Before I start to tell you all about Sukot and Simchat Torah, I want to point out that I have started a new chapter. So many things that would come up in the last few weeks were always postponed until Acharei HaChagim - after the Holy Days. We are officially after the Chagim! Now back to a "normal" life.
The last week of the Jewish Holiday Season is very celebratory. Sukkot, the Festival of Booths starts very shortly after Yom Kippur and is a celebration of the fall harvest as well other things. Around Jerusalem, Sukkot -booths- pop up all over the place. Think of it like in America around Christmas time. Every hotel, restaurant and many houses proudly display their sukkah and many people eat all their meals and even sleep in them for the week long holiday. Here are some awesome examples!
The Sukkah in front of a restaurant on Karen HaYesod
I can count at least 10 different sukkot on this apartment building
Just a great sukkah on someone's balcony
Then, at the end of Sukkot is Simchat Torah. This celebrates the fact that we have finished reading the entire Torah this year. So what do you do when you finish reading this book? Reroll the scrolls and start back at the beginning with creation and read it all over again. This is a great time of year and everyone is very happy!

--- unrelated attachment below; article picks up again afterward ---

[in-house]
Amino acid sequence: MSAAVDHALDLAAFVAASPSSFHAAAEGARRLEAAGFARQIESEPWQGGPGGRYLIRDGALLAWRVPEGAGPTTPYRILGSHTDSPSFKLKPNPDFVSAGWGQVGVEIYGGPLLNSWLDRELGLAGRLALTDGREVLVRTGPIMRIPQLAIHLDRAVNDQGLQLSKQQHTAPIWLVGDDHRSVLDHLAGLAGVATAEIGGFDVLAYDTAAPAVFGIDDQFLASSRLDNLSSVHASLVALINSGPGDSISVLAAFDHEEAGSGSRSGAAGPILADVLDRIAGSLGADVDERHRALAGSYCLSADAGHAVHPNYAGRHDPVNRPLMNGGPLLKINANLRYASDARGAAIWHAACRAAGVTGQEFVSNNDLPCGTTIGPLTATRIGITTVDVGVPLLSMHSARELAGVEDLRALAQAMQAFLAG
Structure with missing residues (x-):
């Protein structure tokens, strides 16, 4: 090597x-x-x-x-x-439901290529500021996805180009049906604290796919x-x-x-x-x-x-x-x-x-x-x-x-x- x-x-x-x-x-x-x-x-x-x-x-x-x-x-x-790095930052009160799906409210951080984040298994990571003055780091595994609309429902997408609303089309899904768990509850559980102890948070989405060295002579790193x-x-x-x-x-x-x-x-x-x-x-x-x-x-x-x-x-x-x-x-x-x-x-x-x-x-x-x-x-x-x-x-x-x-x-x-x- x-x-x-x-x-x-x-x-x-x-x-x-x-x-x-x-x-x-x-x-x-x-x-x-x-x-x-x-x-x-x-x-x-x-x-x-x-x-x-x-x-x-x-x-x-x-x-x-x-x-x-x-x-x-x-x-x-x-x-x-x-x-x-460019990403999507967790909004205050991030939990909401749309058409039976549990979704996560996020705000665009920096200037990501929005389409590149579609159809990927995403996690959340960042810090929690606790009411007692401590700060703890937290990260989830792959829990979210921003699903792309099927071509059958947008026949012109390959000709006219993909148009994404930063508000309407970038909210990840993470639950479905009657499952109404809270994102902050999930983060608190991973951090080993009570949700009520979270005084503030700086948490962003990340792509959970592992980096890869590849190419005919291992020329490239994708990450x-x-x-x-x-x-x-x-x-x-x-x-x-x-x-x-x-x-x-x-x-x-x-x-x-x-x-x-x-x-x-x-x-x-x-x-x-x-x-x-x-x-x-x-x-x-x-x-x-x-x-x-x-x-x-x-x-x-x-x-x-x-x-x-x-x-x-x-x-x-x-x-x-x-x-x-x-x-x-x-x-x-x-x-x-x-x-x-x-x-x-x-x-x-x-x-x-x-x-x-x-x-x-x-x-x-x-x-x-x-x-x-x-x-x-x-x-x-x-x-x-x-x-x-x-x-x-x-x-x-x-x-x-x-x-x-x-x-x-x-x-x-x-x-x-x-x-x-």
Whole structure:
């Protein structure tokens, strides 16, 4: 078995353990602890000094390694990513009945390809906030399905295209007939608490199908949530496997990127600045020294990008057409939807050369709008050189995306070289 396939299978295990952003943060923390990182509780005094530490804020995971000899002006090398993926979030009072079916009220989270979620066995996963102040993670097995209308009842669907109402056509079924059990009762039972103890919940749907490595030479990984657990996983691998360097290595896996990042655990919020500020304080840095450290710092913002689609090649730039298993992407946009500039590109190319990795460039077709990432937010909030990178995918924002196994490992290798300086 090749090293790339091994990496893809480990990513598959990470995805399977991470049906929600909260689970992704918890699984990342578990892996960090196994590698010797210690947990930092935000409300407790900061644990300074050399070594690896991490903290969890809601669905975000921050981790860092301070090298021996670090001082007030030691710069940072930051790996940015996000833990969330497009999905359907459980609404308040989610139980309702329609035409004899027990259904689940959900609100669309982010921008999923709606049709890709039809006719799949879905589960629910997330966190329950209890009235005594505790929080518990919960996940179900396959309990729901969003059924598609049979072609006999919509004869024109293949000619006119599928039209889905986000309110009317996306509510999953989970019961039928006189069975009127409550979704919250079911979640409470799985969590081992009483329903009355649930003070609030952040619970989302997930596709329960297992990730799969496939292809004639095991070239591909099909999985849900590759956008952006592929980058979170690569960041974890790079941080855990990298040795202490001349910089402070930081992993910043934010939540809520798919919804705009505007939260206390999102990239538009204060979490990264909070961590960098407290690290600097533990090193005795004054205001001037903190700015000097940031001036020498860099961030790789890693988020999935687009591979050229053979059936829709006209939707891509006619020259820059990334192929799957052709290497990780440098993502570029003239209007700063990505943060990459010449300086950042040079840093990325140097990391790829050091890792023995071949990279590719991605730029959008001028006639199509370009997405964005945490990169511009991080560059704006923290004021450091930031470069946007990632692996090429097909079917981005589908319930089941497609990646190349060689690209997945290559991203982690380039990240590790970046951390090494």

There is a special service in which you conclude reading the Torah, dance around the synagogue in celebration and then start over again. During this service there is a lot of singing and dancing. One of the students here is working with a Kibbutz outside of Jerusalem, Kibbutz Gezer. A group of us went to the Kibbutz to play music for two of the Hakafot -processions. At the last minute, I was able to hop on the bus he had hired and I got to play the hand drum along with the people who were playing guitar and singing. It was a lot of fun!
I had been planning on playing for a Reform Congregation with a few other students the next morning at Har El. We got to take the music on all of the Hafakot and it was a lot of fun that morning too. While they were reading from the Torah though, they used a trope -a system that instructs the reader in musically reading from the Torah- that I had never heard before. I believe it was a Sephardic Trope, which was really cool to hear.
That night, I went for a walk with Sarah around the Old City. What I had completely forgotten is that in "Orthodox" Communities, they celebrate Simchat Torah during the day and again after the sun goes down. Simchat Torah is a full Holy Day and therefore many people refrain from any work. Part of the prohibitions for a Holy Day are that you cannot use electricity. In order to make another celebration with much more music, they celebrate again when the sun goes down. It was really cool to see and hear this celebration while we were walking in the Old City.
Now it's back to school and homework since it is after the holidays.